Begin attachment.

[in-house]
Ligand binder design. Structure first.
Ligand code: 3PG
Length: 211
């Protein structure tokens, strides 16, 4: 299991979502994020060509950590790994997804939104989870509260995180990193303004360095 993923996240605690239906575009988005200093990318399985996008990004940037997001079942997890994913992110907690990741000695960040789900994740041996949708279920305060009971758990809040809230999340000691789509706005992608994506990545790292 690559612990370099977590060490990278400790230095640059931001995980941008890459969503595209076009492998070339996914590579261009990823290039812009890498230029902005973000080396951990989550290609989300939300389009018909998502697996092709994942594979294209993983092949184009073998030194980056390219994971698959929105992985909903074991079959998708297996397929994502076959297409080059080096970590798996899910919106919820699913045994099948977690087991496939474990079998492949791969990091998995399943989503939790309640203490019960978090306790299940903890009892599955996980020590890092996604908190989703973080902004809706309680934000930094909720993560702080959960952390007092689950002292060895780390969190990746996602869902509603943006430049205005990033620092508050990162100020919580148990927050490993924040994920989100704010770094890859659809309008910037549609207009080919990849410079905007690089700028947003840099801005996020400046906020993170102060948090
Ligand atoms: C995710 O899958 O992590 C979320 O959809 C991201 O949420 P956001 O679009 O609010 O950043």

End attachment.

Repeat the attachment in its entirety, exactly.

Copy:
[in-house]
Ligand binder design. Structure first.
Ligand code: 3PG
Length: 211
């Protein structure tokens, strides 16, 4: 299991979502994020060509950590790994997804939104989870509260995180990193303004360095 993923996240605690239906575009988005200093990318399985996008990004940037997001079942997890994913992110907690990741000695960040789900994740041996949708279920305060009971758990809040809230999340000691789509706005992608994506990545790292 690559612990370099977590060490990278400790230095640059931001995980941008890459969503595209076009492998070339996914590579261009990823290039812009890498230029902005973000080396951990989550290609989300939300389009018909998502697996092709994942594979294209993983092949184009073998030194980056390219994971698959929105992985909903074991079959998708297996397929994502076959297409080059080096970590798996899910919106919820699913045994099948977690087991496939474990079998492949791969990091998995399943989503939790309640203490019960978090306790299940903890009892599955996980020590890092996604908190989703973080902004809706309680934000930094909720993560702080959960952390007092689950002292060895780390969190990746996602869902509603943006430049205005990033620092508050990162100020919580148990927050490993924040994920989100704010770094890859659809309008910037549609207009080919990849410079905007690089700028947003840099801005996020400046906020993170102060948090
Ligand atoms: C995710 O899958 O992590 C979320 O959809 C991201 O949420 P956001 O679009 O609010 O950043």